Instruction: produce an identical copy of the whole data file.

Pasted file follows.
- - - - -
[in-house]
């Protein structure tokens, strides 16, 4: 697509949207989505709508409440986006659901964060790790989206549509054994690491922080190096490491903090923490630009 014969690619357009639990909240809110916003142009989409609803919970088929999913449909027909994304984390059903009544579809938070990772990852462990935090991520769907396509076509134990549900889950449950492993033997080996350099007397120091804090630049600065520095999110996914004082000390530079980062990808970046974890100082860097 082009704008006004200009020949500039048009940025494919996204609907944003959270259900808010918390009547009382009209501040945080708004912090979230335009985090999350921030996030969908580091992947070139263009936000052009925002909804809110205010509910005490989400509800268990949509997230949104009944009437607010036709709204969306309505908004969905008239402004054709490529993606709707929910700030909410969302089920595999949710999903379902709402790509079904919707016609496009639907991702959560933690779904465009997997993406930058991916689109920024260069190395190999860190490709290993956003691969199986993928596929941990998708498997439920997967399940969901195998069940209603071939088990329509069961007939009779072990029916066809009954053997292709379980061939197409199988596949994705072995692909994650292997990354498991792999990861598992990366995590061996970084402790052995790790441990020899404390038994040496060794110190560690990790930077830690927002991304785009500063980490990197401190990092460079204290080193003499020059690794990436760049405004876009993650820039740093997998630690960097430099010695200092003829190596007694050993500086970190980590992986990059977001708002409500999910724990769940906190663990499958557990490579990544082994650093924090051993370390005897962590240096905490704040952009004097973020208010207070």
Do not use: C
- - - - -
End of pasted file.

[in-house]
């Protein structure tokens, strides 16, 4: 697509949207989505709508409440986006659901964060790790989206549509054994690491922080190096490491903090923490630009 014969690619357009639990909240809110916003142009989409609803919970088929999913449909027909994304984390059903009544579809938070990772990852462990935090991520769907396509076509134990549900889950449950492993033997080996350099007397120091804090630049600065520095999110996914004082000390530079980062990808970046974890100082860097 082009704008006004200009020949500039048009940025494919996204609907944003959270259900808010918390009547009382009209501040945080708004912090979230335009985090999350921030996030969908580091992947070139263009936000052009925002909804809110205010509910005490989400509800268990949509997230949104009944009437607010036709709204969306309505908004969905008239402004054709490529993606709707929910700030909410969302089920595999949710999903379902709402790509079904919707016609496009639907991702959560933690779904465009997997993406930058991916689109920024260069190395190999860190490709290993956003691969199986993928596929941990998708498997439920997967399940969901195998069940209603071939088990329509069961007939009779072990029916066809009954053997292709379980061939197409199988596949994705072995692909994650292997990354498991792999990861598992990366995590061996970084402790052995790790441990020899404390038994040496060794110190560690990790930077830690927002991304785009500063980490990197401190990092460079204290080193003499020059690794990436760049405004876009993650820039740093997998630690960097430099010695200092003829190596007694050993500086970190980590992986990059977001708002409500999910724990769940906190663990499958557990490579990544082994650093924090051993370390005897962590240096905490704040952009004097973020208010207070």
Do not use: C